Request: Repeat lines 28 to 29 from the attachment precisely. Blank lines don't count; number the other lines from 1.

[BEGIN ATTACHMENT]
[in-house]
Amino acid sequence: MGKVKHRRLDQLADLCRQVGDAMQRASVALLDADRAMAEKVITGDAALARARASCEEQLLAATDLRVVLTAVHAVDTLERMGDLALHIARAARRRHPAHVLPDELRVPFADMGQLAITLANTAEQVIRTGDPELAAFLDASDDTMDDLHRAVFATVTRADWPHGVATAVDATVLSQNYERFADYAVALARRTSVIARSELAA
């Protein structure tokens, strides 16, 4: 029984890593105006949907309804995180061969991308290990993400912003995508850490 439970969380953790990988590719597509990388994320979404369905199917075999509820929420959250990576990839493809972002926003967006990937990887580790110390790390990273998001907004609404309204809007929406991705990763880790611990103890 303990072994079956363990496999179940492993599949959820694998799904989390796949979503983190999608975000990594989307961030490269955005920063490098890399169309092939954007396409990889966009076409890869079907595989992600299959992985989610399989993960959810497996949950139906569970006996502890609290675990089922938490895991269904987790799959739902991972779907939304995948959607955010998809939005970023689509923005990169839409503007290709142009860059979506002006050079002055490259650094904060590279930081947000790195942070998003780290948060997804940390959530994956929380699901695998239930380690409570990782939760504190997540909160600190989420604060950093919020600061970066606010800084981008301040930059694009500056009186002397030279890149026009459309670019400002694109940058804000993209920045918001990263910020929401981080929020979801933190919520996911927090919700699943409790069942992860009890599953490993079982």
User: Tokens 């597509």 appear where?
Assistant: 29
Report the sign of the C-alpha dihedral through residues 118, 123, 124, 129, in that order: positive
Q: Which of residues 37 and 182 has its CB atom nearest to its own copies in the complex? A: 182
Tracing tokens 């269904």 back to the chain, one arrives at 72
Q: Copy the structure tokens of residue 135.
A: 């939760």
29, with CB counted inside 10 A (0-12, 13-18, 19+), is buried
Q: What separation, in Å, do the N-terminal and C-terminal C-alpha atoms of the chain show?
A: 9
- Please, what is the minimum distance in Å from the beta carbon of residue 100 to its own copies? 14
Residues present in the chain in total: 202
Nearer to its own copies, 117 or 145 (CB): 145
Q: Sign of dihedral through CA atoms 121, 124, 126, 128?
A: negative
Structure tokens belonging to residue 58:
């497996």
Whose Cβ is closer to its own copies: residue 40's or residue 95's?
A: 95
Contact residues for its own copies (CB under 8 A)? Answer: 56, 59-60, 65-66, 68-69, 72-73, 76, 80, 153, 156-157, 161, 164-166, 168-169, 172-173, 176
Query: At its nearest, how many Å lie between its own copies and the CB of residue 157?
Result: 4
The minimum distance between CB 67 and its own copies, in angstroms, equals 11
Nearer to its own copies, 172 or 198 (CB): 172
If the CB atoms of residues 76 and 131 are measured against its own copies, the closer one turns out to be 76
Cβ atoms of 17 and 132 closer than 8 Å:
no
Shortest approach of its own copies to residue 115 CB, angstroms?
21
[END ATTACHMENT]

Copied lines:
If the CB atoms of residues 76 and 131 are measured against its own copies, the closer one turns out to be 76
Cβ atoms of 17 and 132 closer than 8 Å: